The Blagojevich administration said Tuesday it won't release a consultant's work on how much money the state could make by selling or leasing the Illinois state lottery. The administration compared such a move to sharing playbooks with rival sports teams.
Republicans have called for public disclosure.
Gov. Rod Blagojevich last week proposed privatizing the lottery to provide a bonanza of cash for education over the next few years. He said New York-based consultant Goldman Sachs estimated the sale would bring in $10 billion.
But the administration has not provided anything to back up that estimate or explain how it was reached. Blagojevich's aides said they are sticking by that policy because companies interested in running the lottery could use such details to craft lower bids.
"Lovie Smith wouldn't give his playbook to the Packers, and Bruce Weber wouldn't give his playbook to Michigan State," Blagojevich budget spokeswoman Becky Carroll said, referring to the coaches of the Chicago Bears and the University of Illinois men's basketball team.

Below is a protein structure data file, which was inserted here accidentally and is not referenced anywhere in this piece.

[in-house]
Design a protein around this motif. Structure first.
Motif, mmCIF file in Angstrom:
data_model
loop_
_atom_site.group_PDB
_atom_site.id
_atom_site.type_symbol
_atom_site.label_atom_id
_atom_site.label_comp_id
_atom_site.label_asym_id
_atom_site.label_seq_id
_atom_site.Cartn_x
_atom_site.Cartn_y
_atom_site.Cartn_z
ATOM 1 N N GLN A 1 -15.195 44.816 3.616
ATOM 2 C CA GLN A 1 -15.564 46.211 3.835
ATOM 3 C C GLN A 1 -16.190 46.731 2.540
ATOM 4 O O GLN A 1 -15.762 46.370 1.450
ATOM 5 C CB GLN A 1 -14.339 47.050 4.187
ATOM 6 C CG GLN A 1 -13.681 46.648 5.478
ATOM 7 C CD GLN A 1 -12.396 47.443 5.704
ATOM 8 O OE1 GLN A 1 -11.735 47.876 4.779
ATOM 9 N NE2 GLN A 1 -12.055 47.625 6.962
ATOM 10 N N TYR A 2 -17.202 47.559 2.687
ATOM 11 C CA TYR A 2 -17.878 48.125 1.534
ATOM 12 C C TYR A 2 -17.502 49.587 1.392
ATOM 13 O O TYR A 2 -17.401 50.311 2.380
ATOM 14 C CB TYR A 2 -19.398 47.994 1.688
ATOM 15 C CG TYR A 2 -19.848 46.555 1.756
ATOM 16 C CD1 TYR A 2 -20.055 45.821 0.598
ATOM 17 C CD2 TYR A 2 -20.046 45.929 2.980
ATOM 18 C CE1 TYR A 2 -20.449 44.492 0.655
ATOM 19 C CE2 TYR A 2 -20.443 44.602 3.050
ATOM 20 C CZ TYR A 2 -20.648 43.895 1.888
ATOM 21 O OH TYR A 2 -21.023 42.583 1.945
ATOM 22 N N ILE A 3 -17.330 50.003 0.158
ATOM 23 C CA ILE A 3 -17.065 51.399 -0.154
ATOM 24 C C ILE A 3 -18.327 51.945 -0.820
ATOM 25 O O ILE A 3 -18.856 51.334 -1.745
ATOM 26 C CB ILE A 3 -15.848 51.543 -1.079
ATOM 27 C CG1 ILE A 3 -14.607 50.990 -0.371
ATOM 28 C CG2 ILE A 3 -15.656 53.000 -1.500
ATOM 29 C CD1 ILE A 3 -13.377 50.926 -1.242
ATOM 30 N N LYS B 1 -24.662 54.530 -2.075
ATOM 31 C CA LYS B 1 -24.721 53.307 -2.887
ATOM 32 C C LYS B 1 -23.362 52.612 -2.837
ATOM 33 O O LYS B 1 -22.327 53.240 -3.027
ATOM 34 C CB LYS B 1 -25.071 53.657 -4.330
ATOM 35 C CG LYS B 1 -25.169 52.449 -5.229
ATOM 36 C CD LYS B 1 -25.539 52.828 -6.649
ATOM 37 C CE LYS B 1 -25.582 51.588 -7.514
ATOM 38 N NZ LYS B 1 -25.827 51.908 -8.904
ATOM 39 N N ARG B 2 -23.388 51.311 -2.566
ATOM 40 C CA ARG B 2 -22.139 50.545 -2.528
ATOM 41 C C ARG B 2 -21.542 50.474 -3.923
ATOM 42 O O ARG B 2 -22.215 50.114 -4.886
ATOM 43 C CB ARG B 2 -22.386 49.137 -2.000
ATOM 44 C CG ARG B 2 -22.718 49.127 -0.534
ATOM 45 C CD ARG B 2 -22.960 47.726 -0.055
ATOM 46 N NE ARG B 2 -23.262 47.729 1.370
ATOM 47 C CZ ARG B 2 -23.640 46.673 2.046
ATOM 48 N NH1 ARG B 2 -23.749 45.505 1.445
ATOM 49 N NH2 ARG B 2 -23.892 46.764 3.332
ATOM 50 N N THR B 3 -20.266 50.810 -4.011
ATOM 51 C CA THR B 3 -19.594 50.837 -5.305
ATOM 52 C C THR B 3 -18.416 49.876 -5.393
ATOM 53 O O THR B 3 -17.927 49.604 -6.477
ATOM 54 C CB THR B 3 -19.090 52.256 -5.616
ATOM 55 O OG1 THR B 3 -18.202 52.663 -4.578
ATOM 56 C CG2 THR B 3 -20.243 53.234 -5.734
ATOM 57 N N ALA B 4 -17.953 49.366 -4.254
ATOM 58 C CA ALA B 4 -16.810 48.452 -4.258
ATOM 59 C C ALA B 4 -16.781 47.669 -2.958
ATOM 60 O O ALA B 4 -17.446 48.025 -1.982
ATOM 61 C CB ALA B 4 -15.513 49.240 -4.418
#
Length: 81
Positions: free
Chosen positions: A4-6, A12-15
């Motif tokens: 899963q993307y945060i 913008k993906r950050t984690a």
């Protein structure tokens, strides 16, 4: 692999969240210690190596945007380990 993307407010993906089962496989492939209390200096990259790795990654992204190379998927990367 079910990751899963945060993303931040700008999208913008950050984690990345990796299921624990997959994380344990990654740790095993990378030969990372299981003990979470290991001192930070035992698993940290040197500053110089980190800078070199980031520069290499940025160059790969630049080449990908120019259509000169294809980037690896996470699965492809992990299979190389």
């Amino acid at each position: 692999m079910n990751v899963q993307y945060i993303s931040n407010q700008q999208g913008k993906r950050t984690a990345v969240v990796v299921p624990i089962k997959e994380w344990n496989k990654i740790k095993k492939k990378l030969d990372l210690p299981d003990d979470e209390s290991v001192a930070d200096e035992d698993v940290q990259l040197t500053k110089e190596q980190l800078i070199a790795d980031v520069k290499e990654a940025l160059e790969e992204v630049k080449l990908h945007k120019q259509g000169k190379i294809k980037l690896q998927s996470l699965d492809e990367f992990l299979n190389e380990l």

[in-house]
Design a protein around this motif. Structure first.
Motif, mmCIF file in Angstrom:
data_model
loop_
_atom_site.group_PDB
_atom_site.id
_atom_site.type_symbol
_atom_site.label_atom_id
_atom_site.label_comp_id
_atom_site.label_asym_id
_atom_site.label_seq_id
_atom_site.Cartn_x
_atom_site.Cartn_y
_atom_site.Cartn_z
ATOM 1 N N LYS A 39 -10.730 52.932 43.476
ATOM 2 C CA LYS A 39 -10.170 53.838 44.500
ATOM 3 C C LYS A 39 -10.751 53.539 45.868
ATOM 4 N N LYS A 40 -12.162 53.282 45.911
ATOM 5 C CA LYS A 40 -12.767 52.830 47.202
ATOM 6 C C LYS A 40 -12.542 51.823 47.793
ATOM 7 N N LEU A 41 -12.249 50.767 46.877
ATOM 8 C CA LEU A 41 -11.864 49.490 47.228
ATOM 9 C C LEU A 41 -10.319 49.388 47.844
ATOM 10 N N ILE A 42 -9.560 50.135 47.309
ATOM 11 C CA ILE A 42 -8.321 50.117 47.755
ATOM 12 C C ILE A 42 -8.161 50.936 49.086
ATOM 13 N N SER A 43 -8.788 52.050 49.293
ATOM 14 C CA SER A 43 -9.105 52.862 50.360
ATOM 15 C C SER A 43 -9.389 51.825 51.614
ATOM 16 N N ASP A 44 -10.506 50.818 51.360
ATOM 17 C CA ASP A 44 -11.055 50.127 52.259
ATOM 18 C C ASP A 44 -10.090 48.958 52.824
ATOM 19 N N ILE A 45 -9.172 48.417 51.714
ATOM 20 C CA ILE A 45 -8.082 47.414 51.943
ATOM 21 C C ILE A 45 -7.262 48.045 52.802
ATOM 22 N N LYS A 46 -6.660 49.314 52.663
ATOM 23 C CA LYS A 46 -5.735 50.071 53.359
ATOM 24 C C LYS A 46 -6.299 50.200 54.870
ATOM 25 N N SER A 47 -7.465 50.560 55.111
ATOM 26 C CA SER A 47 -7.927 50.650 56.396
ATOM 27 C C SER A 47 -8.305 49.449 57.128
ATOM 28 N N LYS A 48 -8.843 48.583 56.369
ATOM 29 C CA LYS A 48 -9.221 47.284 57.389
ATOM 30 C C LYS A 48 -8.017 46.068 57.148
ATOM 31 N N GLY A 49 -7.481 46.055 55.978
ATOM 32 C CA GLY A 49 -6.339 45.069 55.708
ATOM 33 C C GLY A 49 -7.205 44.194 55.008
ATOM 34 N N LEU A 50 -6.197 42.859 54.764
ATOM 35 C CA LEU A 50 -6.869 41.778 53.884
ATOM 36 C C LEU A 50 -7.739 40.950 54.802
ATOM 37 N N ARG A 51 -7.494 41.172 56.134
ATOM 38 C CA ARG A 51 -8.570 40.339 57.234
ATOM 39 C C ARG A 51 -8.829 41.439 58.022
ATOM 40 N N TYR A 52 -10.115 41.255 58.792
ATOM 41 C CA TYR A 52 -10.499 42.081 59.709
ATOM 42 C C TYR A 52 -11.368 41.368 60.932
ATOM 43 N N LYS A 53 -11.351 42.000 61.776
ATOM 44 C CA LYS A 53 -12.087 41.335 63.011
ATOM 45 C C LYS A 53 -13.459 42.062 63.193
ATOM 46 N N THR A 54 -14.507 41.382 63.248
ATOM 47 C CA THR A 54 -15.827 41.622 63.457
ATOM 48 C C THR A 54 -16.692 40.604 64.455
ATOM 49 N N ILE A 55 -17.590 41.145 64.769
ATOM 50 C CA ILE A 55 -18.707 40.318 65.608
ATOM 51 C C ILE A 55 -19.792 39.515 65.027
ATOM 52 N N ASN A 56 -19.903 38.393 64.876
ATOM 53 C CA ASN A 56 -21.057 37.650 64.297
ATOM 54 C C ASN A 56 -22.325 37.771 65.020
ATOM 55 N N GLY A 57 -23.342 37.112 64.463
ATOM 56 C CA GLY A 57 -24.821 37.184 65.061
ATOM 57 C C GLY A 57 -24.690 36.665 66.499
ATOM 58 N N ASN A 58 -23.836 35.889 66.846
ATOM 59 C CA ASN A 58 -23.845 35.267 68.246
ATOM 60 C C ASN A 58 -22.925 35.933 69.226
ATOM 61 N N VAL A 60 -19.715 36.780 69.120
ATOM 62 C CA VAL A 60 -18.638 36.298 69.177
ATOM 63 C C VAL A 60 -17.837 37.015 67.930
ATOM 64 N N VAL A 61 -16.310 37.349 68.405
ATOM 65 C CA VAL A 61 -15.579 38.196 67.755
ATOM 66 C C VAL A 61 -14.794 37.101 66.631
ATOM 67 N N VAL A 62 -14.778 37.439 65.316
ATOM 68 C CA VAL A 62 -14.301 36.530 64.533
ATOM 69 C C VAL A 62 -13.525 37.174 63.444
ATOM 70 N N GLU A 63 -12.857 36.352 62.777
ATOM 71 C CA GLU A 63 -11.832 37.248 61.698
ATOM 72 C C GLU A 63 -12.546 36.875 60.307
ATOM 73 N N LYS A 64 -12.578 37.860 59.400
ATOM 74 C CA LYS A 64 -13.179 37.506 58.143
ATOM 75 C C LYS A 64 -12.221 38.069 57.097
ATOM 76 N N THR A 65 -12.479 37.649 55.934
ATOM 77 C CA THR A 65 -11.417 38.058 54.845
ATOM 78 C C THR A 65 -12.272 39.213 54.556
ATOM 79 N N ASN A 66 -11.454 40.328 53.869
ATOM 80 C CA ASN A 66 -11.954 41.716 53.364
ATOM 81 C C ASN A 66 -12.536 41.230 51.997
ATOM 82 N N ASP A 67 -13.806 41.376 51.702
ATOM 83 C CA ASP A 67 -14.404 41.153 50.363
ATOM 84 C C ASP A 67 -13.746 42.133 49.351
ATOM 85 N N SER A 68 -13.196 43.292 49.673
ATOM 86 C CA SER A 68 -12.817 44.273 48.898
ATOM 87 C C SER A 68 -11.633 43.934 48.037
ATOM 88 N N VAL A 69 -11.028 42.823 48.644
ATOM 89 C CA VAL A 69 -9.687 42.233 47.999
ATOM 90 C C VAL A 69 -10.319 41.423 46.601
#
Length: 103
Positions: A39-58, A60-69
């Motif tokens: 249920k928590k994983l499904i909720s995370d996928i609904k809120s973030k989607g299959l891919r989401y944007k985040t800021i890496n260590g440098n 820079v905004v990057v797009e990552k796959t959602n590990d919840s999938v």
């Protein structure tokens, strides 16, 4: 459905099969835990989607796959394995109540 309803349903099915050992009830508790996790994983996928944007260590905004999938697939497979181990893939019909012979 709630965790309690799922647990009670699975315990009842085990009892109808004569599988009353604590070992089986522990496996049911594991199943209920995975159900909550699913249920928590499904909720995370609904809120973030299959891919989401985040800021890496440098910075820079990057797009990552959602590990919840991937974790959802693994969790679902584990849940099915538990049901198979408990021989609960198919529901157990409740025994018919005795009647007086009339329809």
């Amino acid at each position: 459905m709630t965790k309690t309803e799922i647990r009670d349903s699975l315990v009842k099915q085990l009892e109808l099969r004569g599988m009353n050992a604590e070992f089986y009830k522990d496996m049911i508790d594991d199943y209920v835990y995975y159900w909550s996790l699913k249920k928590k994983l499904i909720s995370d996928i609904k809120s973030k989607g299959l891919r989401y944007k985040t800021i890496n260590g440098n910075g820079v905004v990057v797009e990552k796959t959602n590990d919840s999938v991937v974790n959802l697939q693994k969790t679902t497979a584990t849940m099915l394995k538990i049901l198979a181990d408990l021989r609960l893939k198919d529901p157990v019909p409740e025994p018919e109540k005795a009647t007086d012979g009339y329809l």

Republican officials aren't buying that explanation.
"Since taxpayers have been asked to pay for the governor to promote this plan, the Blagojevich administration should release the report to the public immediately," Joe Birkett, the Republican candidate for lieutenant governor, said in a statement Tuesday.
The Republican leaders in the House and Senate sent letters to Blagojevich on Friday asking for information on the lottery proposal.
Blagojevich introduced it after state Sen. James Meeks, an independent, threatened to run for governor if the incumbent Democrat did not come up with a long-term education plan.
The administration claims the lottery proposal is not part of a political deal, but just days before it was announced, the governor's re-election campaign polled voters about Meeks' potential run.